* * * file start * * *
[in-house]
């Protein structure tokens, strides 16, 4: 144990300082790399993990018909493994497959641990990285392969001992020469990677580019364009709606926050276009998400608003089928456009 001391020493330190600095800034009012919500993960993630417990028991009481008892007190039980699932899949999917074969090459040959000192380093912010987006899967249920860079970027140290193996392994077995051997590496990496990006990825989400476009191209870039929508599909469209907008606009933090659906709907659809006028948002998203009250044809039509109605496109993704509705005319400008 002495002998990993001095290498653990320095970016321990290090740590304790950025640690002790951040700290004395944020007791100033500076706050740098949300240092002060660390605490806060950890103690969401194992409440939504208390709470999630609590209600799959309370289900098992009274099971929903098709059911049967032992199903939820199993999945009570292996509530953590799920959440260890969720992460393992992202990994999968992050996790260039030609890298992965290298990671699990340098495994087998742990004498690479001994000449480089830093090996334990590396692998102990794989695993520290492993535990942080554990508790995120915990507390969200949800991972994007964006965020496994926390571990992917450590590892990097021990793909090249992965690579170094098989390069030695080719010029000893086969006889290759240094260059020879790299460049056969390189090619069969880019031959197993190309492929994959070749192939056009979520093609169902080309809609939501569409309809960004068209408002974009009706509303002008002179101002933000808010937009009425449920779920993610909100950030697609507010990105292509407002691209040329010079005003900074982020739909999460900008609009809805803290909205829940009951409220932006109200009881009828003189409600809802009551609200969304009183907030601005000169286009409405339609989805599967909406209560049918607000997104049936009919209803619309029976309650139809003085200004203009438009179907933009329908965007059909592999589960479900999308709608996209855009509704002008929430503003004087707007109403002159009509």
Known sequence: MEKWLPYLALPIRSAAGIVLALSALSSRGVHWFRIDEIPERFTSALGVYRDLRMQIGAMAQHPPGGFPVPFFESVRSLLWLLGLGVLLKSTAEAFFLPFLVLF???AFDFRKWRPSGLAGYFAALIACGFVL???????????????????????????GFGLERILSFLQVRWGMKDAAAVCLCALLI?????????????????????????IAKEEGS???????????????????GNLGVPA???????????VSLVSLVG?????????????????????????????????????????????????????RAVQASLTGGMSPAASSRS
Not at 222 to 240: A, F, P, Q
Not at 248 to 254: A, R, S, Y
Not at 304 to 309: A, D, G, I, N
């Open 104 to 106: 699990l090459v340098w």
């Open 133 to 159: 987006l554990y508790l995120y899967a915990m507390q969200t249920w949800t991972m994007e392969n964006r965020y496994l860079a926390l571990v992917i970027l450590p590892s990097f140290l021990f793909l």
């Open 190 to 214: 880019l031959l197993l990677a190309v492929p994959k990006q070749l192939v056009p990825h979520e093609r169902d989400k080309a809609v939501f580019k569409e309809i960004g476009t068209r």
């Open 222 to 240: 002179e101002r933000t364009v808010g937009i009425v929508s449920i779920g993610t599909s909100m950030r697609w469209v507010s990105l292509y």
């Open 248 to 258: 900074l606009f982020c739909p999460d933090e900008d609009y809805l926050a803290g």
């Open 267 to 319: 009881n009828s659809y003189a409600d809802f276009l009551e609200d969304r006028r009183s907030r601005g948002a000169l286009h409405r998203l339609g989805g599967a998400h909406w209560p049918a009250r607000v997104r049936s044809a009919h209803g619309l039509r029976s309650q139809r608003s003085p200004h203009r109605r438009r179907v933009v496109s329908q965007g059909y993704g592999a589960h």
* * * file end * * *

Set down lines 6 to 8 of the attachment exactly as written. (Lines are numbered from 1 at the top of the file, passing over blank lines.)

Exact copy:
Not at 304 to 309: A, D, G, I, N
């Open 104 to 106: 699990l090459v340098w």
């Open 133 to 159: 987006l554990y508790l995120y899967a915990m507390q969200t249920w949800t991972m994007e392969n964006r965020y496994l860079a926390l571990v992917i970027l450590p590892s990097f140290l021990f793909l």